In the 1950s, Dr. Fred Keller wrote a book called Learning: Reinforcement Theory.
The size of a small paperback novel, it’s a short book. The whole thing is about 80 pages. However, within its pages, Dr. Keller explains the basics of operant and respondent conditioning, reinforcement, punishment, extinction, intermittent reinforcement, generalization, discrimination, chaining, and more.
For those who are not familiar with Dr. Keller, he was an accomplished behavior analyst and a contemporary of Dr. B. F. Skinner. Skinner and Keller met at Harvard in the 1930s and remained friends for life. Dr. Keller authored the textbook Principles of Psychology with Dr. William Shoenfeld and also developed the Personalized System of Instruction, a framework for teaching self-paced, mastery-based courses.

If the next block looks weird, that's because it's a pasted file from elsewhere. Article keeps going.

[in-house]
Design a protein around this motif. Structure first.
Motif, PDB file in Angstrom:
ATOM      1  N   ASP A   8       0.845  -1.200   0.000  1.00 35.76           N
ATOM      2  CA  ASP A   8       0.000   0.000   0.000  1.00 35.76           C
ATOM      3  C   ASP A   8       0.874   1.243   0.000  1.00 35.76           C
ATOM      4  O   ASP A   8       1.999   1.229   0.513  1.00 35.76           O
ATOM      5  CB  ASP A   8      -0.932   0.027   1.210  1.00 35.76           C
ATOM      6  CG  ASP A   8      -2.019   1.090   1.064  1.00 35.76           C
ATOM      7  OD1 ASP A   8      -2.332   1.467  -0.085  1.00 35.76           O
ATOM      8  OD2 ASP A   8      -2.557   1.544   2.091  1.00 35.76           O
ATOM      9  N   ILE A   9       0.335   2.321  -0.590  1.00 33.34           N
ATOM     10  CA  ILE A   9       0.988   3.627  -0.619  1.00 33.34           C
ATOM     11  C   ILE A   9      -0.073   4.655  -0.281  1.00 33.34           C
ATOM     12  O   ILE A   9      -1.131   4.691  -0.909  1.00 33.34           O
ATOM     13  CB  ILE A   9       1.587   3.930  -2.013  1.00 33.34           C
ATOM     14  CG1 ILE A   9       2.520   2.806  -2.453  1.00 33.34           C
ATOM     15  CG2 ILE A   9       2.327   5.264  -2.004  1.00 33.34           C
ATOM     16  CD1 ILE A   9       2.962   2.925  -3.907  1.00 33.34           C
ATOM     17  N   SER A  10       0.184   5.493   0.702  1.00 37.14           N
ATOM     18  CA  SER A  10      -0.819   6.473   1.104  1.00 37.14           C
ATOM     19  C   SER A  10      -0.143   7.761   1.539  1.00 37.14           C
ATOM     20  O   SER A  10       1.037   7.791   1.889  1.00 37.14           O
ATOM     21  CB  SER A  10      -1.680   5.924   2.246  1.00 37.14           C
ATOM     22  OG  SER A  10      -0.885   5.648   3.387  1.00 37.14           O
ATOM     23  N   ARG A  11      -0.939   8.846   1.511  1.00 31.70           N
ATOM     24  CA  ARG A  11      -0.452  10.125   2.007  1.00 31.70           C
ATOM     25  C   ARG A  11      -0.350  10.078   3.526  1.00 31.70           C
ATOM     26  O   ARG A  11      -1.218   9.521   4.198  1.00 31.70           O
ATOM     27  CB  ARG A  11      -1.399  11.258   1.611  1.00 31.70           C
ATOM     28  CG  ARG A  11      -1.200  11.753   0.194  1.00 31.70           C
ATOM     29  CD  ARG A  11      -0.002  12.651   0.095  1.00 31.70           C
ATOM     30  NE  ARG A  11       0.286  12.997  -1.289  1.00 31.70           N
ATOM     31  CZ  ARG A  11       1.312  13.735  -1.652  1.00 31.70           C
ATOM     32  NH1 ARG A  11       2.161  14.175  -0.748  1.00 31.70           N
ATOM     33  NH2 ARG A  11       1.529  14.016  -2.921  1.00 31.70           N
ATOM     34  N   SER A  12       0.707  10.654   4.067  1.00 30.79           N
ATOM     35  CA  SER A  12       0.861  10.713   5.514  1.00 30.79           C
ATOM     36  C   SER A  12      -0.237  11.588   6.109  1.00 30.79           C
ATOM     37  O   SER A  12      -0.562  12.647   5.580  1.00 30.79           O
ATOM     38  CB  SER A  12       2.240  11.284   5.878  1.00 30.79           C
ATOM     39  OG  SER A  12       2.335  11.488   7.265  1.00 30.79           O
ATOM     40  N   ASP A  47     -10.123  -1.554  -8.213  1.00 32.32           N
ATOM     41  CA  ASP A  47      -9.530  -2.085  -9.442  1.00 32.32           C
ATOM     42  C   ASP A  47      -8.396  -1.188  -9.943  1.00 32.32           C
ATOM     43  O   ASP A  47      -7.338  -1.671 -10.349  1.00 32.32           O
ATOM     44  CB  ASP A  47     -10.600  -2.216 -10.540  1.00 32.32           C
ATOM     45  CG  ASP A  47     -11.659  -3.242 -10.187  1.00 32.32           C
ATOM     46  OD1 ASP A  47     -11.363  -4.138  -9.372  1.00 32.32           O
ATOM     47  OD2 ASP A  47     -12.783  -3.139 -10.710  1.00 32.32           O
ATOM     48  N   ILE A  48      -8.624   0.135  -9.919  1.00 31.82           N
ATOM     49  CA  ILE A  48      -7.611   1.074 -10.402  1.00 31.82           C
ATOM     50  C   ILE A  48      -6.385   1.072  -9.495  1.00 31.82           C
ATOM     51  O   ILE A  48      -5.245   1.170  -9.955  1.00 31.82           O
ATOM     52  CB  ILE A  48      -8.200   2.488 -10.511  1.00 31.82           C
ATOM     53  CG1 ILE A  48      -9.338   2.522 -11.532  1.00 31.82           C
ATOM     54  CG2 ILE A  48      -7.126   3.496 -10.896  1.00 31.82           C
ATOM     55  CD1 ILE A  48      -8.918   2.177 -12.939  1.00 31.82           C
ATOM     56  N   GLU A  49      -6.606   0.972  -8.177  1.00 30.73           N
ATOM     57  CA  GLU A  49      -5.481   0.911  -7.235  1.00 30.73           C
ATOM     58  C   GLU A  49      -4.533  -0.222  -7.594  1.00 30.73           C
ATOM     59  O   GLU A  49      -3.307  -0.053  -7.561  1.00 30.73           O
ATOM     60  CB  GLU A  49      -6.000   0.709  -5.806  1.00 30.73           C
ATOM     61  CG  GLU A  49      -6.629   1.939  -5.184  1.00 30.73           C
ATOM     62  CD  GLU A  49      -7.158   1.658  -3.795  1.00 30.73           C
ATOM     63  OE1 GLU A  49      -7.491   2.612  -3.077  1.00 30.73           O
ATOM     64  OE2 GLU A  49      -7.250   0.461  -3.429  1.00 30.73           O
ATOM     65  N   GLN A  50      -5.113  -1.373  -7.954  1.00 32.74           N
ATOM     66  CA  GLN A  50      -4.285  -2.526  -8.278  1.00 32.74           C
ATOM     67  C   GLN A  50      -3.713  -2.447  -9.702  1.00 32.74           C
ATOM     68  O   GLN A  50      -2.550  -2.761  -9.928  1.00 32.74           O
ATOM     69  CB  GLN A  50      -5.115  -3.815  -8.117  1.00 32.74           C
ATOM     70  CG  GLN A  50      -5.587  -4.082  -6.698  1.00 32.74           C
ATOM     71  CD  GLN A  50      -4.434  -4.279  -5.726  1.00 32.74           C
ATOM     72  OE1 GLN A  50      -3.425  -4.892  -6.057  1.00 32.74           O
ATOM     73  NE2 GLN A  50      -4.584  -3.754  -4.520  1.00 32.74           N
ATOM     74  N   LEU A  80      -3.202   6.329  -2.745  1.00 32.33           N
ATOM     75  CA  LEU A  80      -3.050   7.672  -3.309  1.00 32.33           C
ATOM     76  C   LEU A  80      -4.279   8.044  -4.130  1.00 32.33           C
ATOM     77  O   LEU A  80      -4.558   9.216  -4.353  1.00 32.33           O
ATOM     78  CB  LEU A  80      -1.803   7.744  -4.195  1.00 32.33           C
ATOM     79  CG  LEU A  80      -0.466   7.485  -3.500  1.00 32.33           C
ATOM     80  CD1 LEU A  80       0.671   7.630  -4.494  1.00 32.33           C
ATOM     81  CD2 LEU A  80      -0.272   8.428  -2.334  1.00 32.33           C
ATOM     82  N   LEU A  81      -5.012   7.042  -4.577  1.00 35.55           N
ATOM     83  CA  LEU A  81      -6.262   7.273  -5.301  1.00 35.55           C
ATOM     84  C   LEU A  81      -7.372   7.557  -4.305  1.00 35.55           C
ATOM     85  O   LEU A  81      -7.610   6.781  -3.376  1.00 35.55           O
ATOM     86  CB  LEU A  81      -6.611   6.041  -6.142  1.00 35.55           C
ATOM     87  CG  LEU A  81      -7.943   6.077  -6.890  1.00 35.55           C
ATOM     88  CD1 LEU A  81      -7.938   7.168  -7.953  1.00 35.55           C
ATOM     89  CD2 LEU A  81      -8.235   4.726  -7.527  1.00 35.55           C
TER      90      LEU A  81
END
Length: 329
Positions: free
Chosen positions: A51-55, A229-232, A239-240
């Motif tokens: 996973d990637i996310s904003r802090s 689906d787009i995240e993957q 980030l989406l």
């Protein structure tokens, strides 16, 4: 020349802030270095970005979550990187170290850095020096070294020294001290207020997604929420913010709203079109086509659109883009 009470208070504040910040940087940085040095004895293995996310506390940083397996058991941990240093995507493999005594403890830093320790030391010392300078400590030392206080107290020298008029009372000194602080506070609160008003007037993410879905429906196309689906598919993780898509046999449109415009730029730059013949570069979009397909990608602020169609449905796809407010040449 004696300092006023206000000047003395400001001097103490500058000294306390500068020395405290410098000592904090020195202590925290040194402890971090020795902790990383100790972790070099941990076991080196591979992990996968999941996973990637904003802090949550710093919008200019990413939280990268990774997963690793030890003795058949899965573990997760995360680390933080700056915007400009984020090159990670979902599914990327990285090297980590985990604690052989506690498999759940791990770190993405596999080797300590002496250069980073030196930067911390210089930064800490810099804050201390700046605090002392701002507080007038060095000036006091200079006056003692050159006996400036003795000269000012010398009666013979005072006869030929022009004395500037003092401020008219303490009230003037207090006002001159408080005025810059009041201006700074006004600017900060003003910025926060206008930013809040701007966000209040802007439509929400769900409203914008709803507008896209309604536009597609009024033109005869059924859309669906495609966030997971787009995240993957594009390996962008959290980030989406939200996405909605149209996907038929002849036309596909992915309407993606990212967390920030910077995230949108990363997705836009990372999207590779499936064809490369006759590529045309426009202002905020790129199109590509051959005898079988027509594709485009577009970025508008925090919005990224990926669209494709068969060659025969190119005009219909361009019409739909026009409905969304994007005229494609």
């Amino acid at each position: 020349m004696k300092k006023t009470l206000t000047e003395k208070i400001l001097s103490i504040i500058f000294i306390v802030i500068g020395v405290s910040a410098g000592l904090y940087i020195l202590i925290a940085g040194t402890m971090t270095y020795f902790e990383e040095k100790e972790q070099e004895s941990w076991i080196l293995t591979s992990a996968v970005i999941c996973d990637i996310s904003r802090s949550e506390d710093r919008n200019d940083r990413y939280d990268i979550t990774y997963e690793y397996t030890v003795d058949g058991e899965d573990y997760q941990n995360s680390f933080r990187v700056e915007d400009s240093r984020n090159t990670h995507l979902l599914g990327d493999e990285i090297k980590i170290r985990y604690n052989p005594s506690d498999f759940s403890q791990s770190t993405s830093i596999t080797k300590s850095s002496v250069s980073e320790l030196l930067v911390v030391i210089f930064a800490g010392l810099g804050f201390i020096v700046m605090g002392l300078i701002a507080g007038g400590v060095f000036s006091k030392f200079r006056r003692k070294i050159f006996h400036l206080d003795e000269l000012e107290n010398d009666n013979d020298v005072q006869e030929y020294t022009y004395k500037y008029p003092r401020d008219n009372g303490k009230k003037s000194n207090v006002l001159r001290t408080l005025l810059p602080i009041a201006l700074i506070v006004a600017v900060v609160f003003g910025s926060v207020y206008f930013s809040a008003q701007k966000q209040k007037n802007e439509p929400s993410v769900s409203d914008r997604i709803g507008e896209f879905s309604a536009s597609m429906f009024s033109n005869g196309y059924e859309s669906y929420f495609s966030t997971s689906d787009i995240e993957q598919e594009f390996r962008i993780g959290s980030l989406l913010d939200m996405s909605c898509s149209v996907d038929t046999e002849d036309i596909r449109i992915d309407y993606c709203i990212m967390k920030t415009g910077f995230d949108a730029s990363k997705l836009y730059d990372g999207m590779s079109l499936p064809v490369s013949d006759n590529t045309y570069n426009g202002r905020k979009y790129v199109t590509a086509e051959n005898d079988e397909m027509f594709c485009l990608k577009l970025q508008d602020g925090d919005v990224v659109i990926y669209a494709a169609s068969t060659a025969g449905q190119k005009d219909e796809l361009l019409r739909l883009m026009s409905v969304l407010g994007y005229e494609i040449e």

Learning: Reinforcement Theory is out of print and has largely been forgotten as other textbooks have replaced it. Still, it provides a solid introduction to the basic ideas of behavior analysis and contains many interesting examples and thought-provoking passages.
I re-read the book during the summer of 2019. During that time, Dr. Jesús Rosales-Ruiz and I published a series of short posts about the book on our Behavior Explorer Facebook page.
We have collected those 14 posts, edited them slightly, and assembled them in this PDF. We hope you will enjoy these short articles about Dr. Keller’s book and hope they will help you think in new ways about how people and animals learn.